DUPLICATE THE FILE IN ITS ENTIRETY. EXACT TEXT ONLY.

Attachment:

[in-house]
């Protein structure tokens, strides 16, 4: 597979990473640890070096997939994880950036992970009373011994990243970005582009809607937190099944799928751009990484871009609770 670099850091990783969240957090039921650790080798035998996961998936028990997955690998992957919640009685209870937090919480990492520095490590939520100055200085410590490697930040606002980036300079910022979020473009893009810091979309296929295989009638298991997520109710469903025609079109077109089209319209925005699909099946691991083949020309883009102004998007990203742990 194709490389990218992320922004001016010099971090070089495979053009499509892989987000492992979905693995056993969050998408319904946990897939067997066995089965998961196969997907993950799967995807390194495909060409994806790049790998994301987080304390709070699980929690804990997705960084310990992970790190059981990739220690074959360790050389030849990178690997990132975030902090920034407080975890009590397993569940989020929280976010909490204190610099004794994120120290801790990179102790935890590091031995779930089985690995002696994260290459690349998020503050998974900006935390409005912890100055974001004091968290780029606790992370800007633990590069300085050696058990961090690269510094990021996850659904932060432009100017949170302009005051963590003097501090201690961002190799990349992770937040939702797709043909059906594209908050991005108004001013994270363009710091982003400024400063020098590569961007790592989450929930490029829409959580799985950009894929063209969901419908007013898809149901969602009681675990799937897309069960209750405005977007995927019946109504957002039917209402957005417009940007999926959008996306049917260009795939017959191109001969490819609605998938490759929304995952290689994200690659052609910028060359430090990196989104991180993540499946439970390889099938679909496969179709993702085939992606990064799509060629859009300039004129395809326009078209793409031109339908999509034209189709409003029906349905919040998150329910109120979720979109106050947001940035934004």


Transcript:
[in-house]
């Protein structure tokens, strides 16, 4: 597979990473640890070096997939994880950036992970009373011994990243970005582009809607937190099944799928751009990484871009609770 670099850091990783969240957090039921650790080798035998996961998936028990997955690998992957919640009685209870937090919480990492520095490590939520100055200085410590490697930040606002980036300079910022979020473009893009810091979309296929295989009638298991997520109710469903025609079109077109089209319209925005699909099946691991083949020309883009102004998007990203742990 194709490389990218992320922004001016010099971090070089495979053009499509892989987000492992979905693995056993969050998408319904946990897939067997066995089965998961196969997907993950799967995807390194495909060409994806790049790998994301987080304390709070699980929690804990997705960084310990992970790190059981990739220690074959360790050389030849990178690997990132975030902090920034407080975890009590397993569940989020929280976010909490204190610099004794994120120290801790990179102790935890590091031995779930089985690995002696994260290459690349998020503050998974900006935390409005912890100055974001004091968290780029606790992370800007633990590069300085050696058990961090690269510094990021996850659904932060432009100017949170302009005051963590003097501090201690961002190799990349992770937040939702797709043909059906594209908050991005108004001013994270363009710091982003400024400063020098590569961007790592989450929930490029829409959580799985950009894929063209969901419908007013898809149901969602009681675990799937897309069960209750405005977007995927019946109504957002039917209402957005417009940007999926959008996306049917260009795939017959191109001969490819609605998938490759929304995952290689994200690659052609910028060359430090990196989104991180993540499946439970390889099938679909496969179709993702085939992606990064799509060629859009300039004129395809326009078209793409031109339908999509034209189709409003029906349905919040998150329910109120979720979109106050947001940035934004």